What Impact Will the Amazon Go Store Have on SMB Retailers?

by:
on February 9, 2017

That pesky Mr. Jeff Bezos is at it again. First, there were the Buy Buttons for household products. Then there were the delivery drones. Now, he and his little Pacific northwestern business are trying to disrupt retail as we know it with Amazon Go, the new brick-and-mortar Amazon grocery store.

Will it work? How does it work? And is retail as we know it dead?

In this article, we’ll answer these questions and discuss the impact the concept and technology might have on SMB retailers like you.

Informing the analysis and impact is a recent Gartner report, “Amazon’s Go Stores Set to Disrupt the Retail Market,” by Gartner analysts Joanne Joliet, Miriam Burt and Kelsie Marian (content available to Gartner clients).

Unfamiliar with the Amazon Go store, or perhaps need a refresh? Check out their introduction video below.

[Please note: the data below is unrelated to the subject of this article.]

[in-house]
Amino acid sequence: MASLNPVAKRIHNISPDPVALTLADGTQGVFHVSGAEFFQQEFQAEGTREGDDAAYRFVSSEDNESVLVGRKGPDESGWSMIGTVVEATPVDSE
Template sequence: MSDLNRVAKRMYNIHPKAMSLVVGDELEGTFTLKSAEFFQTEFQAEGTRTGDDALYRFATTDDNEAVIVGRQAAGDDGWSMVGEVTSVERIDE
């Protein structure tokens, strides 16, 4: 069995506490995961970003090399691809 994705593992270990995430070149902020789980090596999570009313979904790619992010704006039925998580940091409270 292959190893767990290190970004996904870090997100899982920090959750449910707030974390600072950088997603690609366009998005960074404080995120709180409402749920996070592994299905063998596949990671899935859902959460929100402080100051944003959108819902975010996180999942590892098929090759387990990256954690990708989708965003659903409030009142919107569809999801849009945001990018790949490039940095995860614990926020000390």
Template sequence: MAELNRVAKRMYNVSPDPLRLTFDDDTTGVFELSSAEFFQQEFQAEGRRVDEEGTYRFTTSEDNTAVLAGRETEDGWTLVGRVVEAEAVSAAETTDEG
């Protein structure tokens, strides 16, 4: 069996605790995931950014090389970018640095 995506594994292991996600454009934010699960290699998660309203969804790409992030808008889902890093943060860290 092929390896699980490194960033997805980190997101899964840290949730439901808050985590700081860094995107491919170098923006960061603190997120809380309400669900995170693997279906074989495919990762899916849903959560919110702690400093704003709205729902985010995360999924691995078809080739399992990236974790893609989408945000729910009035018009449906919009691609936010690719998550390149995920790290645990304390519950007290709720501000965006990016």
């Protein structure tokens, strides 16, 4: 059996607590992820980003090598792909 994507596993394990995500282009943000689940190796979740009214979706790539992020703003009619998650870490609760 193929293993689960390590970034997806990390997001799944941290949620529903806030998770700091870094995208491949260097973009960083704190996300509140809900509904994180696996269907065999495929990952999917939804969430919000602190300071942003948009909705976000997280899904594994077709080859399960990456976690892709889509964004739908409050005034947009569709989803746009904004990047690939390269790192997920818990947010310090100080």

How the Amazon Go Store’s Technology Works

The new concept for the Amazon grocery store eliminates the entire transaction process. Customers simply download and open the Amazon Go app. Walk into the store. Grab items. And walk out.

amazon transaction process
How does Amazon know what you took? Items are tracked through multiple technologies. And how do you pay? They charge the card tied to the account on the app.

This makes for an efficient and simple shopping experience, but the implementation and technology enabling the new experience is anything but simple. According to our trio of analysts from Gartner, the tech behind the disruptive store leverages:

“… a range of technologies, including mobile devices, deep-learning software and sensors, in lieu of the scanning and check-out process typical of traditional grocery stores. While none of these technologies is new, Amazon is the first to combine and utilize them to power its ‘Just Walk Out Shopping’ experience.”

Here’s a quick, more detailed breakdown of the technology behind “Just Walk Out” shopping:

  • Deep learning: Revolves around an abundant set of predictive algorithms that generate multiple layers of data that articulate an understanding of an object.